Etymology
Randal 

masc. proper name, also Randall, shortened from Old English Randwulf, from rand "shield" (see rand) + wulf "wolf" (see wolf (n.)). Compare Randolph.

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lupus (n.)
late 14c., used of several diseases that cause ulcerations of the skin, from Medieval Latin lupus, from Latin lupus "wolf" (see wolf (n.)), apparently because it "devours" the affected part. As the name of a southern constellation representing a wolf, by 1706.
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wolfsbane (n.)
"aconite" (especially Aconitum lycoctonum), a somewhat poisonous plant, 1540s, from wolf + bane; a translation of Latin lycoctonum, from Greek lykotonon, from lykos "wolf" + base of kteinein "to kill." Also known dialectally as badger's bane, hare's bane, bear's bane.
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aardwolf (n.)
Origin and meaning of aardwolf

also aard-wolf, "small, insectivorous mammal native to East and Southern Africa, related to the hyena," 1833, from Afrikaans Dutch aardwolf, literally "earth-wolf," from aard "earth" (see earth (n.)) + wolf "wolf" (see wolf (n.)).

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Adolph 
also Adolf, masc. proper name, from Old High German Athalwolf "noble wolf," from athal "noble" (see atheling) + wolf (see wolf (n.)). The -ph is from the Latinized form of the name, Adolphus.
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Ralph 
masc. proper name, shortened from Radulf, from Old Norse Raðulfr (Old English Rædwulf), literally "wolf-counsel," from rað "counsel" (see read (n.)) + ulfr "wolf" (see wolf (n.)). The Century Dictionary also lists it as English printers' slang for "An alleged or imagined evil spirit who does mischief in a printing house."
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lycanthropy (n.)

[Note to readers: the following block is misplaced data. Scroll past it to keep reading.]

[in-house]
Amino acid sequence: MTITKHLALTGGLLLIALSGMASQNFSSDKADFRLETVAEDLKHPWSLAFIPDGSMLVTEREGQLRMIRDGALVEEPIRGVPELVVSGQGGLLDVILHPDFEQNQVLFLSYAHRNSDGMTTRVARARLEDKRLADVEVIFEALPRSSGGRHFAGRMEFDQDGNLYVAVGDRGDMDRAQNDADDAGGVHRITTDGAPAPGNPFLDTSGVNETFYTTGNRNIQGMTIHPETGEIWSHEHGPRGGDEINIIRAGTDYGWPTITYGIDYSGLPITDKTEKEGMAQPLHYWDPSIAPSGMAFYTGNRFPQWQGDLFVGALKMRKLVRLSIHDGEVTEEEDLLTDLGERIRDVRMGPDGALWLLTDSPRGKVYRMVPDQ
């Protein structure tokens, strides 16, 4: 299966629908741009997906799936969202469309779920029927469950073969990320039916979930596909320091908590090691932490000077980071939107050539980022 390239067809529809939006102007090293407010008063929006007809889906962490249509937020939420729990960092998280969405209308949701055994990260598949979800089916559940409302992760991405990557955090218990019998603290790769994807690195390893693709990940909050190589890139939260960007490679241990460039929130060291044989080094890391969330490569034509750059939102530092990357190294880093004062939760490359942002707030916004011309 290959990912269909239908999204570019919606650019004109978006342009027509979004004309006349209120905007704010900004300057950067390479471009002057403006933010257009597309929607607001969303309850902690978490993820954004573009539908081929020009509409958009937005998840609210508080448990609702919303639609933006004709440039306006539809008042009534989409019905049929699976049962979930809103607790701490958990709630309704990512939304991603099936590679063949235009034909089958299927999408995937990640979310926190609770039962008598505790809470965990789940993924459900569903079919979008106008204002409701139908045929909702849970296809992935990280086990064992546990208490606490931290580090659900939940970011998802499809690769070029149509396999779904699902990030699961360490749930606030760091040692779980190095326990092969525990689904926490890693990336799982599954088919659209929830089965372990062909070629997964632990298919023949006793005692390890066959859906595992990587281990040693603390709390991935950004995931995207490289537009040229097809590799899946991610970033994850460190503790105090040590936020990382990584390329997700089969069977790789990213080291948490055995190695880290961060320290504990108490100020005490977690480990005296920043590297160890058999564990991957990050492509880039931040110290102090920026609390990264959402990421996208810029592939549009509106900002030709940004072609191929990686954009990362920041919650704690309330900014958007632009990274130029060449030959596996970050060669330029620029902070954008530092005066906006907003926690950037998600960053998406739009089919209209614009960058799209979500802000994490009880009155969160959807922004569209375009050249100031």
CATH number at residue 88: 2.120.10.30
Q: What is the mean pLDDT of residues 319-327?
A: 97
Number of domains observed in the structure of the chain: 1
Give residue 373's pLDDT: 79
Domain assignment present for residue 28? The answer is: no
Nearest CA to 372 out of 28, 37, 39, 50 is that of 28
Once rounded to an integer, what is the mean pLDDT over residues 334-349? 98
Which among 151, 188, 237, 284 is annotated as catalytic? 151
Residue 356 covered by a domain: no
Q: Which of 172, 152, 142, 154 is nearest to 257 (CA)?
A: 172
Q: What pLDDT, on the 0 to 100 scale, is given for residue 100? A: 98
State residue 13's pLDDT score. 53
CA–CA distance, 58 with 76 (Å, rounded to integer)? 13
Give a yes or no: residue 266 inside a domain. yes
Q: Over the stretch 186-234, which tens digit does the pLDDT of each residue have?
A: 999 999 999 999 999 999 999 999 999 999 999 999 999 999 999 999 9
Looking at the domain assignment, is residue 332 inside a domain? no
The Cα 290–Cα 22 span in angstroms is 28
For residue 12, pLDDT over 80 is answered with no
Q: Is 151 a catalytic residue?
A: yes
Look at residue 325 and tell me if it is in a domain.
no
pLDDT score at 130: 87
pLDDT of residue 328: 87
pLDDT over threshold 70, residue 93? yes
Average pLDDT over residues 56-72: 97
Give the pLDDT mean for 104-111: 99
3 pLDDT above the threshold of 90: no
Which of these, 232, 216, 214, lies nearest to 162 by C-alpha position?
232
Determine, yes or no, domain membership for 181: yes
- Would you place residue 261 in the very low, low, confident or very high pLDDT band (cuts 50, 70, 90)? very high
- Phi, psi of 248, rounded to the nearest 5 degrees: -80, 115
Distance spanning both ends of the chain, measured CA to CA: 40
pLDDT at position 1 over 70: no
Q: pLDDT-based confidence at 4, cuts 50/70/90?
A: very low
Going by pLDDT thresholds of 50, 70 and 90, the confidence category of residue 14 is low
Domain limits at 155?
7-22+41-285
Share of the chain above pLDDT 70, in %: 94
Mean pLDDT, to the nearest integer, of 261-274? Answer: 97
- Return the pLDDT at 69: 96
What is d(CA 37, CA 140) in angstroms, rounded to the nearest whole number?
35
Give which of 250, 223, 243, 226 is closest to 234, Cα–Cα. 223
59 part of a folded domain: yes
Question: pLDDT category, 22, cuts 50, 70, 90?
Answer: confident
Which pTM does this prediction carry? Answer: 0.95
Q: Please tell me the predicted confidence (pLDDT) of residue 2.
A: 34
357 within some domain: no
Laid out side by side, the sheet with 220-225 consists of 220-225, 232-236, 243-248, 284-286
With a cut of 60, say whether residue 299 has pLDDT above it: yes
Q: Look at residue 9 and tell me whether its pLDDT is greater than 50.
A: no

1580s, a form of madness (described by ancient writers) in which the afflicted thought he was a wolf, from Greek lykanthropia, from lykanthropos "wolf-man," from lykos "wolf" (see wolf (n.)) + anthrōpos "man" (from PIE root *ner- (2) "man"). Applied to actual transformations of persons (especially witches) into wolves since 1830 (see werewolf).

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lyssophobia (n.)
"morbid dread of having caught rabies," a psychological condition which sometimes mimicked the actual disease, 1874, Modern Latin, from -phobia + Greek lyssa (Attic lytta) "rabies, canine madness," also the name given to the "worm" of cartilage under a dog's tongue," an abstract word probably literally "wolf-ness" and related to lykos "wolf" (see wolf (n.)); but some see a connection with "light" words, in reference to the glittering eyes of the mad.
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Lupercalia (n.)
Roman festival held Feb. 15 in honor of Lupercus a god (identified with Lycean Pan, hence regarded as a protective divinity of shepherds) who had a grotto at the foot of the Palatine Hill, from Latin Lupercalia (plural), from Lupercalis "pertaining to Lupercus," whose name derives from lupus "wolf" (see wolf (n.)). The ceremony is regarded as dating from distant antiquity. Related: Lupercalian.
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alyssum (n.)
type of European flowering plant, 1550s, from Latin alysson, from Greek alysson, which is perhaps the neuter of adjective alyssos "curing madness," from a- "not, without" (see a- (3)) + lyssa "madness, martial rage, fury," an abstract word probably literally "wolf-ness" and related to lykos "wolf" (see wolf (n.)); but some see a connection with "light" words, in reference to the glittering eyes of the mad.
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